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Assessment Principles Policy

This is not a current document. It has been repealed and is no longer in force.

Section 1 - Purpose

(1) This Policy applies to all courses and subjects of Charles Sturt University.

(2) This Policy establishes a framework of minimum quality standards for assessment within which Faculties/Schools will devise procedural guidelines for assessment and grading that are consistent with the intent and directions of this Policy.

(3) This Policy should be read in conjunction with the Moderation Policy and the Assessment Policy - Coursework Subjects.

Introduction and Background

(4) The University is committed to providing a variety of learning environments to meet the different needs of students drawn from diverse educational, social, ethnic and economic backgrounds.

(5) Assessment is based on the professional judgment of staff and others, and takes place in a variety of contexts including classrooms, online and distance learning environments and work placement locations.

(6) Assessment is widely thought to be the single most important determinant of learning behaviour. It is an integral part of the teaching and learning process and contributes significantly to learning outcomes. What is assessed and how it is assessed gives clear messages to students about what the University considers to be important in their learning and achievement.

(7) Assessment at the University must cater to the needs of several stakeholders:

  1. students, who need a fair assessment process that contributes to their learning, does not place unreasonable demands on their time or competence and gives them a reputable qualification;
  2. staff, who have a concern for students and a commitment to professional integrity;
  3. the University, which has an obligation to set standards and define graduate learning outcomes and has a reputation to maintain and a budget to consider;
  4. the community, which must have confidence in the University's qualifications and capacity to lead academic endeavour in our regions;
  5. potential employers and accrediting bodies which must be able to trust the standards, reliability and validity of the University qualifications;
  6. government bodies and external accreditation agencies; and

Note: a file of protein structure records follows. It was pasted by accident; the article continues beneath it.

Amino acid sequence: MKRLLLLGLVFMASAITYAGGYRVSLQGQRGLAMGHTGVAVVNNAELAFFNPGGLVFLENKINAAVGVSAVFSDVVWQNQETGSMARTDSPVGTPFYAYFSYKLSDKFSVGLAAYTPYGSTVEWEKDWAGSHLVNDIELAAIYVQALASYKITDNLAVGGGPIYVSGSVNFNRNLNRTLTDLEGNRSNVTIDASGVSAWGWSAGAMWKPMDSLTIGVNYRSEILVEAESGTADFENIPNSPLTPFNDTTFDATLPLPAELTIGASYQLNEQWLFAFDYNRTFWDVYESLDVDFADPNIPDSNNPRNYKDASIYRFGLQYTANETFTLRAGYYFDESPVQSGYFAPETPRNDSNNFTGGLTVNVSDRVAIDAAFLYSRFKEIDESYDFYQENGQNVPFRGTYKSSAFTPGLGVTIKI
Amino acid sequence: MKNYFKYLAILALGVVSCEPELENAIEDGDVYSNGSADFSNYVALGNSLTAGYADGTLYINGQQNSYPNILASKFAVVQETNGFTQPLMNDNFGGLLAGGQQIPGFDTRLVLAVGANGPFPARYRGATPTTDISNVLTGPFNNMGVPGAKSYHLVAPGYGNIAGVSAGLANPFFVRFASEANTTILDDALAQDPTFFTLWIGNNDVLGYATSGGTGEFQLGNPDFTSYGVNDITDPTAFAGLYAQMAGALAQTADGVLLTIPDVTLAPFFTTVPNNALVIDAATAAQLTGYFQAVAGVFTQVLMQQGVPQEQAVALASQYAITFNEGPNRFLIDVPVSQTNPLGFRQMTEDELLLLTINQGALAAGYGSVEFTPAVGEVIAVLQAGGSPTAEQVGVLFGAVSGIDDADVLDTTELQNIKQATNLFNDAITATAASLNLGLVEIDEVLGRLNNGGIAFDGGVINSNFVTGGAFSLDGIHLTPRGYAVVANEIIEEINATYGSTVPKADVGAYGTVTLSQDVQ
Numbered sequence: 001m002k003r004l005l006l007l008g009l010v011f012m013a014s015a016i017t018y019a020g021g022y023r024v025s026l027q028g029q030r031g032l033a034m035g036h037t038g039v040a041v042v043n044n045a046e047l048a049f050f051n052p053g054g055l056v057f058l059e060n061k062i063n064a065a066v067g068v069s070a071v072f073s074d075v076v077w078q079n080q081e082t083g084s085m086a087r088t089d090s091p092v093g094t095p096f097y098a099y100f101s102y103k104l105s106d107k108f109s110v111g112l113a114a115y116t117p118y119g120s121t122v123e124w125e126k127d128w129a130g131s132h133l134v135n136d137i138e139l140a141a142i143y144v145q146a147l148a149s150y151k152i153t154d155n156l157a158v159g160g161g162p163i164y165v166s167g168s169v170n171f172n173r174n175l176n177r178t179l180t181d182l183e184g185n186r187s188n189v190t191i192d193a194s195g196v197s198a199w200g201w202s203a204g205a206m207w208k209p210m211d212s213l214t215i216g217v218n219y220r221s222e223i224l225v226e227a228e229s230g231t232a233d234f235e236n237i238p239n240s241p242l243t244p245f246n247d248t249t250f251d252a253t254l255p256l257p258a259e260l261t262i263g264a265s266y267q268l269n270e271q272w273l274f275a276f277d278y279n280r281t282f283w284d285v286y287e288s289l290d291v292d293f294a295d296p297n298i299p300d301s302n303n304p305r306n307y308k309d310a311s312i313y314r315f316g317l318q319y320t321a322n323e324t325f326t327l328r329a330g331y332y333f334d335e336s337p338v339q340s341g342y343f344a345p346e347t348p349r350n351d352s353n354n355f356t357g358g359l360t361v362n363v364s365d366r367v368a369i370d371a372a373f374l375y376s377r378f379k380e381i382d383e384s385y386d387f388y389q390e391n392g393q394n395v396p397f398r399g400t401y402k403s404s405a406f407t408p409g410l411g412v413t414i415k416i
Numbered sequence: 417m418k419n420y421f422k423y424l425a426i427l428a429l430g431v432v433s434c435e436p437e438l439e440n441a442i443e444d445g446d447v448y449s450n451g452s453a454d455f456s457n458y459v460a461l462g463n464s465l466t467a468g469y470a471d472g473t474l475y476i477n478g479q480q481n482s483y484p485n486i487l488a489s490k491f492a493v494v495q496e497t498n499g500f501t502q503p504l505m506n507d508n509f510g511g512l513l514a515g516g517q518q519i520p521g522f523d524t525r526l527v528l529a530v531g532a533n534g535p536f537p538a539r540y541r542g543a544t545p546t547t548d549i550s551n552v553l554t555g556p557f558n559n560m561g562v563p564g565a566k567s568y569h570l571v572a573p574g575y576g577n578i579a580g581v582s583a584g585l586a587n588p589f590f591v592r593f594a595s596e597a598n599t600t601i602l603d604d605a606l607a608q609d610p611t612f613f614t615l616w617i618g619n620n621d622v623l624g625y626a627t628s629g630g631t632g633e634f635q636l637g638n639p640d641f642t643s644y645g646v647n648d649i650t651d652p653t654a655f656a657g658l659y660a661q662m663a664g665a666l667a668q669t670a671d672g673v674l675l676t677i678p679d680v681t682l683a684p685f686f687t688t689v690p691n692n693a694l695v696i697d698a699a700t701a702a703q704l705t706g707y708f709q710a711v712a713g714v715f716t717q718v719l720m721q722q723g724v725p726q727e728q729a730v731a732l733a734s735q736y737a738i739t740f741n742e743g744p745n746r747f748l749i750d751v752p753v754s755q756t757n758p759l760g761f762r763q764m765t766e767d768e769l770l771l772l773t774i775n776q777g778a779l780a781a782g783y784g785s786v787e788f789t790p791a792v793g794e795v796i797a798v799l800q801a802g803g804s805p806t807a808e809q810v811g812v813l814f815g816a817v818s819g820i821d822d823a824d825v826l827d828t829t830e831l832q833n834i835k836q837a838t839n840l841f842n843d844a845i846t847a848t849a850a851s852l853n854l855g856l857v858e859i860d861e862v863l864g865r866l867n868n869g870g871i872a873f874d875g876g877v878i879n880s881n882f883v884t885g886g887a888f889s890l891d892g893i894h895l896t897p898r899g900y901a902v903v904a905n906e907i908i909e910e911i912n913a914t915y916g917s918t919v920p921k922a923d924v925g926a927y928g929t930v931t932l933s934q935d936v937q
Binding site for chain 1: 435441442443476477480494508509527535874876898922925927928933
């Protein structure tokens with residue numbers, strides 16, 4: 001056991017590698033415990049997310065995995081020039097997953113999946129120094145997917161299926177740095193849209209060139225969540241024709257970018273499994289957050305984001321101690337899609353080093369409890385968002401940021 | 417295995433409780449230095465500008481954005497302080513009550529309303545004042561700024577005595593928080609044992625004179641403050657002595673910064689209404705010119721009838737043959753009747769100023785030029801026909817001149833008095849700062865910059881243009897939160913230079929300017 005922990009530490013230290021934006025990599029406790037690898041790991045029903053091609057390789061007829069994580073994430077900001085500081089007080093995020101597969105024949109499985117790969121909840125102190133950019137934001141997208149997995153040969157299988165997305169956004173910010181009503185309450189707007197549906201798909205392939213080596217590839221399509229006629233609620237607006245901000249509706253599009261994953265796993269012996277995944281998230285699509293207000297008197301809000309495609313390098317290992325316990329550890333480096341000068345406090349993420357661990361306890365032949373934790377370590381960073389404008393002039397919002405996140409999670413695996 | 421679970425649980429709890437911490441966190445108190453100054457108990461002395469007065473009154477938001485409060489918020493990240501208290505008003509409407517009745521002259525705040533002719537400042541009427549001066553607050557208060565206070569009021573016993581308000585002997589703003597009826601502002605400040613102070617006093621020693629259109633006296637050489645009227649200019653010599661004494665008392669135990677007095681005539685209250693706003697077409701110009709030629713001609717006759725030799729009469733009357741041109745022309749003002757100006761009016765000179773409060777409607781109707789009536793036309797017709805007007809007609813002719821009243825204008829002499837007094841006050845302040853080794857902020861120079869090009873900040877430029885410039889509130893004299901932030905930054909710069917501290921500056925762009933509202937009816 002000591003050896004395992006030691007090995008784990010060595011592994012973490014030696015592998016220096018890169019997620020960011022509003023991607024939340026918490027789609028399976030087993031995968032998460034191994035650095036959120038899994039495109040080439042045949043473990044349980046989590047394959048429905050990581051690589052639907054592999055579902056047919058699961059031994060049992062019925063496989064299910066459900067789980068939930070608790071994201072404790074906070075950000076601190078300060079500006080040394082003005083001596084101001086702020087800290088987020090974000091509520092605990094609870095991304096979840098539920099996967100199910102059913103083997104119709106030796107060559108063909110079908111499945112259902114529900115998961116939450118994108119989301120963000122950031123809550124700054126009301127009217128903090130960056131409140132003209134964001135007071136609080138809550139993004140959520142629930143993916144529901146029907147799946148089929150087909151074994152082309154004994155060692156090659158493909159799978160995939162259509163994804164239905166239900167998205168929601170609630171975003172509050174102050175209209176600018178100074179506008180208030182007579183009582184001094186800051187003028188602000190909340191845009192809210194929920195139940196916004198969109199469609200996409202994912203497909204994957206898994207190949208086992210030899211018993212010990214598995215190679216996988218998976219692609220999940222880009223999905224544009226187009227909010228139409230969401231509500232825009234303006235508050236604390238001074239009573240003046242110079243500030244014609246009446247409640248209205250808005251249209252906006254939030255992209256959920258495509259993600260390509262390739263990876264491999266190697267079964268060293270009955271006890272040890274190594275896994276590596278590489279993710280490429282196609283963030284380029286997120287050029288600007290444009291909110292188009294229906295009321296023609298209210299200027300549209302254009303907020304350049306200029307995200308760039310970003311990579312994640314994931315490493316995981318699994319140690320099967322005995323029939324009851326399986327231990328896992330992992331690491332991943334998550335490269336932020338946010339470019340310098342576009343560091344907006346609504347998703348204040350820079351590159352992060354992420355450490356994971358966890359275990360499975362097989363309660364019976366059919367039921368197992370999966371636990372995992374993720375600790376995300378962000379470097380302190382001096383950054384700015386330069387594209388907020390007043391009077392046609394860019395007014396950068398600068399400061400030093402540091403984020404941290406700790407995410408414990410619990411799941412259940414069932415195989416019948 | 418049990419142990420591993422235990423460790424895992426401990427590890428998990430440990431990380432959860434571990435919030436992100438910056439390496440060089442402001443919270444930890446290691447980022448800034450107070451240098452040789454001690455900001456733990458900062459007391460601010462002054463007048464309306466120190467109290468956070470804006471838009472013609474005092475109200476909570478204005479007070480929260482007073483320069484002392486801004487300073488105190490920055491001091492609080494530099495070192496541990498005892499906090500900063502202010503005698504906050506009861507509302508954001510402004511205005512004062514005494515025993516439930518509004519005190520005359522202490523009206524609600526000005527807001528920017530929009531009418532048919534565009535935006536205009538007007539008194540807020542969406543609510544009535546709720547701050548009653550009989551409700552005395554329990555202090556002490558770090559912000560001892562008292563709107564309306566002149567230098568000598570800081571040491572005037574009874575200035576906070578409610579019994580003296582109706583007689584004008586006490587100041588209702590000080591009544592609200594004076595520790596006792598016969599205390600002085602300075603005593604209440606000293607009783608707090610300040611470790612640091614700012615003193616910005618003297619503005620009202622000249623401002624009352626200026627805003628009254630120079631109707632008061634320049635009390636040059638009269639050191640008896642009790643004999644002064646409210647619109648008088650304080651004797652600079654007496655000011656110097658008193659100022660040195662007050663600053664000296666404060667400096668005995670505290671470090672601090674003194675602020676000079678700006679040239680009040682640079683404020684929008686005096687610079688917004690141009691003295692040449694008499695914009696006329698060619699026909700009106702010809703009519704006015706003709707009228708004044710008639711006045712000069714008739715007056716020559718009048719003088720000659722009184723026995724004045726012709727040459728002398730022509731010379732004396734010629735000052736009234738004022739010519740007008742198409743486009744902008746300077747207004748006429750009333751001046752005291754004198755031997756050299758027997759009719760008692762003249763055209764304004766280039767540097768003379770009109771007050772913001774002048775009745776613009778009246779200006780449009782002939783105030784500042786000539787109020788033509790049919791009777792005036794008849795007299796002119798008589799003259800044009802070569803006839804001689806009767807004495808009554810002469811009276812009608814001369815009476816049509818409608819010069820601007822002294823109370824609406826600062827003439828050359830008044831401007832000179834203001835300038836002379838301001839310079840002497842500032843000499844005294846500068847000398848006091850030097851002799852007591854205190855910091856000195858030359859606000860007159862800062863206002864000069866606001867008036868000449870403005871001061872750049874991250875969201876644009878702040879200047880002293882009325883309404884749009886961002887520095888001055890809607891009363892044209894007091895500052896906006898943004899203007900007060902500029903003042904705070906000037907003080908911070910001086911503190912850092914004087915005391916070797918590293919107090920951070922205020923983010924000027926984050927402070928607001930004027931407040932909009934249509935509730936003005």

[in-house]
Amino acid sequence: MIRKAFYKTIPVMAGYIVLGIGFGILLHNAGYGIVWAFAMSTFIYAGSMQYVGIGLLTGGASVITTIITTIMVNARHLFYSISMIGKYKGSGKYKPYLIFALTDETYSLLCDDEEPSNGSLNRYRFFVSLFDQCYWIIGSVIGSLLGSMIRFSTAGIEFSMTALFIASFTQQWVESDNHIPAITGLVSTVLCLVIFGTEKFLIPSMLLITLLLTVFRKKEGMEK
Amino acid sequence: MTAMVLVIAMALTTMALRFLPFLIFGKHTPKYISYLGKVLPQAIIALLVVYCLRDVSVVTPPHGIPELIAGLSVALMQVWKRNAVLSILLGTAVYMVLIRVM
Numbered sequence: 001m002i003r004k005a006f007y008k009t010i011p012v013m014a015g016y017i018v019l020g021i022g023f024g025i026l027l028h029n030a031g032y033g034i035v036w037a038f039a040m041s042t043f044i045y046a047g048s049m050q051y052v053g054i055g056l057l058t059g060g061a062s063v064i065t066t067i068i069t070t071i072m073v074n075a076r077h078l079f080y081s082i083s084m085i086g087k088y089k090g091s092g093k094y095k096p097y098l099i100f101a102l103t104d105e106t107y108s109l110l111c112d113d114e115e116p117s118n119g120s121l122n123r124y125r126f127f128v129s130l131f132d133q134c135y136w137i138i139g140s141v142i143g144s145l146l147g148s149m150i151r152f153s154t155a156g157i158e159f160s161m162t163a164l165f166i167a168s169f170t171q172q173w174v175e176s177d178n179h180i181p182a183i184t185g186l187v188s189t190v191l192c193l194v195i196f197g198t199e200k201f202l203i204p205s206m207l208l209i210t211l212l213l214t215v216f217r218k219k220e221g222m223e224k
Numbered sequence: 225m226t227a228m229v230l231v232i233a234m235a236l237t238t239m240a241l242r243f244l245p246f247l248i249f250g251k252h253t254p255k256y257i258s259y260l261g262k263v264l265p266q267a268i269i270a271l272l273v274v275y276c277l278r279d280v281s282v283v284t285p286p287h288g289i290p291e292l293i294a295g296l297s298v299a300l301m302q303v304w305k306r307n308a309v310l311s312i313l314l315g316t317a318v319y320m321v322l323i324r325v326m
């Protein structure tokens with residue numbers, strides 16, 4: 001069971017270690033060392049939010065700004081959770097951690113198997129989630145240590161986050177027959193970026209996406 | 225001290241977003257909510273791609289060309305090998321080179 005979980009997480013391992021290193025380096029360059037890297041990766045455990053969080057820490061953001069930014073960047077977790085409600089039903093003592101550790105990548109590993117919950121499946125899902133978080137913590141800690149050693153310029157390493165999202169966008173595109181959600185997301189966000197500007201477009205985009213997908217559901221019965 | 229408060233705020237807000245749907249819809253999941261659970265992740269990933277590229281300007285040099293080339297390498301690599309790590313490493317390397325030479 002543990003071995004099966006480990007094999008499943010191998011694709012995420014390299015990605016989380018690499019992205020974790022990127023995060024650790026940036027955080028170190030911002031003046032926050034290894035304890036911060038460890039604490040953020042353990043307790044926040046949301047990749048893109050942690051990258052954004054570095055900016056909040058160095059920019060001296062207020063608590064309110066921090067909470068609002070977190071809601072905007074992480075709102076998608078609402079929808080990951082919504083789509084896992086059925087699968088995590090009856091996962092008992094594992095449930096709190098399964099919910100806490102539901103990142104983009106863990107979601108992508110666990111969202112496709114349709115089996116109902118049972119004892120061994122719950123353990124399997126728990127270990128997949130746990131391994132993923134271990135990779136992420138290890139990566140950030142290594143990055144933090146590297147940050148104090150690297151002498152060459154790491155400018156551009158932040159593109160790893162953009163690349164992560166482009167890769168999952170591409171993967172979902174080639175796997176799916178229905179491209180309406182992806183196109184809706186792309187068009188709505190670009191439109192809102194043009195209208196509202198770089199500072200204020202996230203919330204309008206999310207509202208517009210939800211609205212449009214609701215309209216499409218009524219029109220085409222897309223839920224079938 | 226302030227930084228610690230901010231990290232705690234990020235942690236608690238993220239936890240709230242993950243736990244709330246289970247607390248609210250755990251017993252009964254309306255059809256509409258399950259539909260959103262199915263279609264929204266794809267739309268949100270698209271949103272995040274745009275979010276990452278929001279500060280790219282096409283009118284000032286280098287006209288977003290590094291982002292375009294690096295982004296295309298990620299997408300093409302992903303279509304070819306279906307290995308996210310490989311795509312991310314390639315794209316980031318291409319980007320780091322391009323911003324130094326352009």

7. other external parties, including colleagues in workplace learning locations, who assist with the assessment and grading of the University students.

(8) Assessment is the process of attributing value to the examined outcomes of any task (examination, assignment, practical work and any other activity) that a student is required to undertake and complete in order to satisfy the requirements of their studies. The application of this value may be summative (part of the official system of recording performance and grades) or formative (which provides feedback to help students to evaluate their understanding of specific matters, develop their skills and improve their performance).

(9) At the University, assessment and grading are based on a criterion-referenced standards-based approach. Assessment is clearly aligned to pre-determined and defined criteria and related standards of skills, knowledge and competencies. The assessment task must be demonstrably consistent with the stated learning outcomes of the course and the subject. Criterion-referenced and standards-based assessment practices require both knowledge and performance standards to be identified and stated so that students understand clearly the level of performance required for each assessment task. In this context, criteria are defined performance attributes to which the assessor refers when forming a judgment about the student's response to the requirements of the assessment task. Standards describe the quality of student performance in relation to the criteria in any assessment task. The explicit statements of assessment criteria and related standards of performance enhance transparency and consistency and enables students to develop better judgments about their own performance.

(10) Standards established must be aligned with the Australian Qualifications Framework (AQF) level of the award and to the year of study. Students must graduate with appropriate standards of achievement.

(11) At the University, there are no pre-determined failure rates for courses and subjects and there are no guidelines or requirements specifying what percentage of students in a specific cohort will achieve each passing grade.